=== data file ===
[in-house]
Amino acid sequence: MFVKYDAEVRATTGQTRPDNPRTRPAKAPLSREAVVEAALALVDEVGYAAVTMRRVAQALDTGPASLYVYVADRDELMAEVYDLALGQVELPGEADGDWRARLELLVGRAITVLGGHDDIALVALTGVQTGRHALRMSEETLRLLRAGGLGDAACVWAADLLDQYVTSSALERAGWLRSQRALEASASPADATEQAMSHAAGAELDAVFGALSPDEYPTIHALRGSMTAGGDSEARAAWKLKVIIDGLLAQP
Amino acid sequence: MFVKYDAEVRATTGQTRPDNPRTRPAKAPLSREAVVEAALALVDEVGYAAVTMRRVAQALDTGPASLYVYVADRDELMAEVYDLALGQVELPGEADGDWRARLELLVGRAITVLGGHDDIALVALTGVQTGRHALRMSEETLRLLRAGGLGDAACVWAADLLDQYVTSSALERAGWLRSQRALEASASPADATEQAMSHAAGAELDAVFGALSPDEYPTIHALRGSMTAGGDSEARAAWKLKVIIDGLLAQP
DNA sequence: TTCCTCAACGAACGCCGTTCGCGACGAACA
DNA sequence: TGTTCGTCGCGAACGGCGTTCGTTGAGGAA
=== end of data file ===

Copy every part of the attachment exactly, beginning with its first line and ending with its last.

[in-house]
Amino acid sequence: MFVKYDAEVRATTGQTRPDNPRTRPAKAPLSREAVVEAALALVDEVGYAAVTMRRVAQALDTGPASLYVYVADRDELMAEVYDLALGQVELPGEADGDWRARLELLVGRAITVLGGHDDIALVALTGVQTGRHALRMSEETLRLLRAGGLGDAACVWAADLLDQYVTSSALERAGWLRSQRALEASASPADATEQAMSHAAGAELDAVFGALSPDEYPTIHALRGSMTAGGDSEARAAWKLKVIIDGLLAQP
Amino acid sequence: MFVKYDAEVRATTGQTRPDNPRTRPAKAPLSREAVVEAALALVDEVGYAAVTMRRVAQALDTGPASLYVYVADRDELMAEVYDLALGQVELPGEADGDWRARLELLVGRAITVLGGHDDIALVALTGVQTGRHALRMSEETLRLLRAGGLGDAACVWAADLLDQYVTSSALERAGWLRSQRALEASASPADATEQAMSHAAGAELDAVFGALSPDEYPTIHALRGSMTAGGDSEARAAWKLKVIIDGLLAQP
DNA sequence: TTCCTCAACGAACGCCGTTCGCGACGAACA
DNA sequence: TGTTCGTCGCGAACGGCGTTCGTTGAGGAA